The film claimed the affair was buried under political declarations that there was "no partner." The serious phenomenon of an army against the spirit of the political echelon still exists. It is enough to mention the prime minister's repeated commitments to the Palestinian president that pressure on the West Bank's civilian population will be alleviated, and to compare that to the actual situation. The main stars of October 2000 are still active in the decision-making arena: then-prime minister and defense minister Ehud Barak, and then-chief of staff Shaul Mofaz, who both are in the political and defense cabinet and aspire to take over the premiership.
Here are a few especially harsh testimonies from the film (with editing corrections): Prof. Shlomo Ben-Ami, who was then foreign minister and headed the negotiating team: "Mofaz said at a cabinet meeting that [Clinton's proposed Middle east peace plan] endangered the existence of the State of Israel. He also said this on the radio. In another country, this would almost be called a putsch. What do you say? Do you have the right to address the public? As chief of staff? And what will be in the next stage - will he send out the tanks? He was not prepared to provide maps for diplomatic discussions. We were running around the world and making this concession, while the army's top brass believed that first and foremost it had to make an imprint on the consciousness, that they had to get a beating. These are decisive things."
Ephraim Sneh, then deputy defense minister: "I wrote to Barak to say that in the field, the army - from the chief of staff down to the commanders at the roadblocks - was carrying out a policy opposed to his policy, and that if he did not take swift action, the results would be irreversible. Israeli prime ministers do not really consider themselves the commander in chief of the army, but rather someone who serves it. There were two parallel lines here - political-diplomatic policy, and military behavior.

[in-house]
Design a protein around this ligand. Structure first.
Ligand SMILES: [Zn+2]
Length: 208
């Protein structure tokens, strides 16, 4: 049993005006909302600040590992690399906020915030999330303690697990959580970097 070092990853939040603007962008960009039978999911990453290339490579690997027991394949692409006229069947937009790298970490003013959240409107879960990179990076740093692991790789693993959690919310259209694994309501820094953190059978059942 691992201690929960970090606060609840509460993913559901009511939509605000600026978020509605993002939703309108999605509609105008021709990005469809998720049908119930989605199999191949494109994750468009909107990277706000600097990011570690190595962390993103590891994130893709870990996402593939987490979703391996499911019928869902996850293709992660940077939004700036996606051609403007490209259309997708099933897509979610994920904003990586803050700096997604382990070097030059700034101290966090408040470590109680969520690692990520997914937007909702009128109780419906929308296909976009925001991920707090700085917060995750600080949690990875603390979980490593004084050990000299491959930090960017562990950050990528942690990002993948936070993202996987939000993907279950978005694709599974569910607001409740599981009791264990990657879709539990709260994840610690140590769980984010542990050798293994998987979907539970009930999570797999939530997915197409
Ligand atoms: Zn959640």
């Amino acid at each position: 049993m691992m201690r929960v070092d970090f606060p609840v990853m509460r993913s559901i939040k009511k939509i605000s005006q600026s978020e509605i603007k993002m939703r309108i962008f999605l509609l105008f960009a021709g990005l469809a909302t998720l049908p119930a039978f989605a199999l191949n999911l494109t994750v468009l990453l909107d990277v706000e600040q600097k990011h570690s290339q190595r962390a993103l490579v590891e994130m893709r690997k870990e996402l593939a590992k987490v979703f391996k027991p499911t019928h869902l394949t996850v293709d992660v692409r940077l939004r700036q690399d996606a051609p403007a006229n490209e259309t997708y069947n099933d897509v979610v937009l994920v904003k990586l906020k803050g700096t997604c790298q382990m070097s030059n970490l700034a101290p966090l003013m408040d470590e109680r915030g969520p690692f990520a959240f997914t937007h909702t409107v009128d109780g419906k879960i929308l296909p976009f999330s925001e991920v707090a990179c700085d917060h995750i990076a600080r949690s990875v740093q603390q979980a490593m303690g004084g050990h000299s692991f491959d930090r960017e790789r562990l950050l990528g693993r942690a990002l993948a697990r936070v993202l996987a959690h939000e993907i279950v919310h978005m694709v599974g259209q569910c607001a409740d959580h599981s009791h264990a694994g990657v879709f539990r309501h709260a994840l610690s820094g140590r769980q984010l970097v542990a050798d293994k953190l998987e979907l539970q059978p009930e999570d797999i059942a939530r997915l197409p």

"I told Barak, '[Marwan] Barghouti is the leader of the street, so let's speak to him'. Barak said, 'I don't mind if you meet with him, but Dichter must approve it.' The prime minister telling the deputy defense minister to get approval for a diplomatic meeting from the Shin Bet security service head. Dichter was opposed.
"The OC Southern Command at the time, Yom Tov Samia, told Knesset members, 'No one will tell me how to win this war.' In this kind of confrontation, the government's policy becomes insignificant. Government policy is set by a platoon commander, or even by what was once known in the army as 'the strategic corporal.'"
Gilad Sher, Barak's chief of staff and representative at the peace talks: "There were people in the prime minister's bureau who pulled their hair out when they understood that we in the State of Israel cannot ensure the government's commitment to the outside world and its instructions to the army, which were not carried out in the end, or were carried out in a way that was not in accord with their original spirit. Military secretary Gadi Eisenkot could not believe such a thing was happening. The prime minister and defense minister had insufficient, unsatisfying control of how the military carried out his instructions.
"We are talking about a phenomenon - the army sends its representatives to the negotiations, but is contemptuous of their possible results. It is not an army officer's job to trample on that political goal, and to broadcast to his subordinates: 'We are merely heading toward a confrontation and there is no reason to assume any kind of diplomatic agreement is possible."